Next up, Justin Verlander:

Trying to trade JV isn't entirely out of the realm of possibility, but again... getting equal value for him in return is highly unlikely. His contract is a little more friendly (in terms of time only, because it's still steep in price), and he could probably be coaxed into being dealt somewhere to a team who could take on the $28MM/yr he's still owed for the next 3 seasons ($20MM vesting option in 2020). JV had a bit of a bounce-back year in 2016 and for the most part, returned to form and has himself back in everyone's Cy Young candidate talk (he's a finalist for 2016). At the right price, he and the future Mrs Verlander could be hobnobbing in somewhere that's not Detroit very soon.

What about the newly minted Gold Glover?

Ian Kinsler made $14MM last season, and is only due $11MM next season with the Tigers and has a $10MM club option for 2018. Sweet deal, if you ask me. Of course, it's the Texas Rangers who made this deal... it just so happens that the Tigers picked up the rest of this when they traded Prince Fielder to the Rangers for Ian. Yeah, that's the 2nd best Dave Dombrowski deal ever, considering Prince was often injured and was subsequently forced to retire because of that, but hey, gotta get lucky once in a while, right? Except that those cheap Ian numbers collide with the fact that Prince is still getting Tigers money from that trade. Kinsler had a solid year at the plate in 2016, and he and Jose Iglesias are great together up the middle.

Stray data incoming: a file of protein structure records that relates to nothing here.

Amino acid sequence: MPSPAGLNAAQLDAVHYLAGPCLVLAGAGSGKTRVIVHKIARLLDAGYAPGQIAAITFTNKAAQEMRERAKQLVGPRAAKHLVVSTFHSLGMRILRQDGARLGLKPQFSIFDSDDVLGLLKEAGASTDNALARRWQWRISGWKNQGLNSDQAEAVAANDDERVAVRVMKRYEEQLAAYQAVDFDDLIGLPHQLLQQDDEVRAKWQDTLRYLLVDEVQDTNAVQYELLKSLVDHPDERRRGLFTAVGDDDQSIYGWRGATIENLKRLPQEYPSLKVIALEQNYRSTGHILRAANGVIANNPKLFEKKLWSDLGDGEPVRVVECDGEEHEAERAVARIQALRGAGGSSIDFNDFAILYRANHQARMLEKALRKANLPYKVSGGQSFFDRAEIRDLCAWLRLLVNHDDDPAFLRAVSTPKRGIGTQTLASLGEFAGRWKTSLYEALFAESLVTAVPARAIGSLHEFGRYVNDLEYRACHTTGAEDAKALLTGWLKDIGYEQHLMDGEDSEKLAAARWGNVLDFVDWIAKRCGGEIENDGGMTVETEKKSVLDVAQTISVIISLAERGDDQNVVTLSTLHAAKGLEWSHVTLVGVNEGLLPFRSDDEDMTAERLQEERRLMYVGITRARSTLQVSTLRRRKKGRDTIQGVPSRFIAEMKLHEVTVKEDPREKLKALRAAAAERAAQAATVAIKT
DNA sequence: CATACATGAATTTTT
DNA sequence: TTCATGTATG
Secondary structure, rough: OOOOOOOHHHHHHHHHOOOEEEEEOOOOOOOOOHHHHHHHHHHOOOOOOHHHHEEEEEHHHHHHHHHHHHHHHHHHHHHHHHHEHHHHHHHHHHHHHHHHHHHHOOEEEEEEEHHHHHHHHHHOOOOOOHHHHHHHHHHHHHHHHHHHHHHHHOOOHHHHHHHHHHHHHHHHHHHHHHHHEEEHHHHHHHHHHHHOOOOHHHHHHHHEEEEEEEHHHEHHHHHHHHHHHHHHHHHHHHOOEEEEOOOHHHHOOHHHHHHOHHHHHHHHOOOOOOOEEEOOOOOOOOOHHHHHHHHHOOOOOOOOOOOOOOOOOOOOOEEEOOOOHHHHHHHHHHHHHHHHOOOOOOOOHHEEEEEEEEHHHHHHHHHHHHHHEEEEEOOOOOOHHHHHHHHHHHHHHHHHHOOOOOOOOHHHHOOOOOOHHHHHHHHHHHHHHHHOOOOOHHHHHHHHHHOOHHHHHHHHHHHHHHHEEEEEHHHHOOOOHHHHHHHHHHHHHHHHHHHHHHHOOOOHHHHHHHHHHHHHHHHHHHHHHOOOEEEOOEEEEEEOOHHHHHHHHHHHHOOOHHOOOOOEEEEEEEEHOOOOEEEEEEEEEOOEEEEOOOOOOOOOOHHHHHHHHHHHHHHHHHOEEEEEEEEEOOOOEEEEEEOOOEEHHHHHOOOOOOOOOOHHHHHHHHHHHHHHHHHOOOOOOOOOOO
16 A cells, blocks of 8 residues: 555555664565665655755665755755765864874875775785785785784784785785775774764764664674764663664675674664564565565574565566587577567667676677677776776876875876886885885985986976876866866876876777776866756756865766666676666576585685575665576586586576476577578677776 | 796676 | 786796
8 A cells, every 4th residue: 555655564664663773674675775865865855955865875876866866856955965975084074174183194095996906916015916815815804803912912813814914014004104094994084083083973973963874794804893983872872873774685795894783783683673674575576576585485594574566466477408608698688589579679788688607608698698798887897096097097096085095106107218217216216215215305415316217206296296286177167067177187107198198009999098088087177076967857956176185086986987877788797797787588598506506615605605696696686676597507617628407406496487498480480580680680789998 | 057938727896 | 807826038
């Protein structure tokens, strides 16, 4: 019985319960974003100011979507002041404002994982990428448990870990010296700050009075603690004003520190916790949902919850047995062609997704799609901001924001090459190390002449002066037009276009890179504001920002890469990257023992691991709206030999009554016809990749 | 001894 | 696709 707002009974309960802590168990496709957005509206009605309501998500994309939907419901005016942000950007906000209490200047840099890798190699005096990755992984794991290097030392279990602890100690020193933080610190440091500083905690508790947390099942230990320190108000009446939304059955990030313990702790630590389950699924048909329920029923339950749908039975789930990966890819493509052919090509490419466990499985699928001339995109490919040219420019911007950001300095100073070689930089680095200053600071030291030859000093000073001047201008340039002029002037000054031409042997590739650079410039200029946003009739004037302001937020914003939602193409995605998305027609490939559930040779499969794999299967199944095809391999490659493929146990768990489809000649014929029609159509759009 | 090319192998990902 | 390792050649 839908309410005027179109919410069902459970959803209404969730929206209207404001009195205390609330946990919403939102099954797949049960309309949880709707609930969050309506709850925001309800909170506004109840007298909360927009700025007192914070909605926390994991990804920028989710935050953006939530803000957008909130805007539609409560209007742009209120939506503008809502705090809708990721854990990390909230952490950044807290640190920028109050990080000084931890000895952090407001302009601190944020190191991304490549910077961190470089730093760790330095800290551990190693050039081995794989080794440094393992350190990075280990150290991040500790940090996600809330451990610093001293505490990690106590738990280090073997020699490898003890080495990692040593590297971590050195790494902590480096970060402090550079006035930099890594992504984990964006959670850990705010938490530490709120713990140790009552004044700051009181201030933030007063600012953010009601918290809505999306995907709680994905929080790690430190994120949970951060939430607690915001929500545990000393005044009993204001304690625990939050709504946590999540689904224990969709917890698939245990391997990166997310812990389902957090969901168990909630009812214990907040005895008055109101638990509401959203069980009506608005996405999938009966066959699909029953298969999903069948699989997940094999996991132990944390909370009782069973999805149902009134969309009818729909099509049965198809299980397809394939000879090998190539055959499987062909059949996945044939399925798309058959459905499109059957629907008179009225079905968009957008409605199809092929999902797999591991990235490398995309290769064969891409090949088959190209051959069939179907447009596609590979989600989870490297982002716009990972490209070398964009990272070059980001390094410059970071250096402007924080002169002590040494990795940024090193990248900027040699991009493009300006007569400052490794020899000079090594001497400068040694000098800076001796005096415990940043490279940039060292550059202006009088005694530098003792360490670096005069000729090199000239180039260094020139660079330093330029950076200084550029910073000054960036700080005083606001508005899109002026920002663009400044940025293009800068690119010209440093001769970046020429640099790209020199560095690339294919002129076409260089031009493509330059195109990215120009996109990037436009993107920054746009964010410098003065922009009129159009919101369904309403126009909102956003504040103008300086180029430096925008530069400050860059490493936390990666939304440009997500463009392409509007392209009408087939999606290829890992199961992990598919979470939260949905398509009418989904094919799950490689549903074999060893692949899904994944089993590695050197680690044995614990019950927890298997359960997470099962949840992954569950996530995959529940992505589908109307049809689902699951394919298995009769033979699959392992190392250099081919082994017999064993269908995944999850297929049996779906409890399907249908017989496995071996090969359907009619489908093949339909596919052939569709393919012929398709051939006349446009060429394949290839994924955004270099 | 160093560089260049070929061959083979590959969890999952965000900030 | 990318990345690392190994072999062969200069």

It would be hard for this fan to trade (or even try to trade) these guys away, even in the scope of payroll slashing. In large part, it'll be hard to just trade away all the money that's owed to certain players, because teams don't necessarily want the burden that the Tigers have put themselves in. Now, if you want to try and trade the contracts of folks like Anibal Sanchez, Mike Pelfrey, or Mark Lowe, then by all means... go for it. That will also be difficult thanks to their terrible 2016 campaigns and their hefty salaries.

The trade that would make the most sense for the Tigers this offseason is that of JD Martinez. When healthy, his bat is pure. But after a breakout 2015 defensively, his on-field presence and prowess took a few steps backwards and was proven to be a bit of a liability in 2016. The pop in his bat though should be enough to help trade away the $11.75MM he'll make next season. After that, JD is a free agent and would certainly be an unlikely candidate for an extension from the ball club thanks to the sudden penny-pinching. For the Tigers, there's no reason to assume they couldn't offload him for a prospect or two to begin this fire sale... err... rebuilding process.

The Tigers can trim up the payroll a bit, but should do it cautiously. I'm not too sure the fan base is confident in Al Avila after his lackluster first full season as the team's GM, and just because you want to trim payroll doesn't mean you should want to be not-competitive. Because if you unload all of the heavy contracts in the name of saving a bunch of money, the next thing that gets trimmed will be ticket sales.

No one wants to see the Tigers dip back into the dark ages, but the fans assume that could happen with the little chatter that has happened thus far. And that will make for a dangerous offseason, and an unbearable 2017 campaign.

No comments:

Post a Comment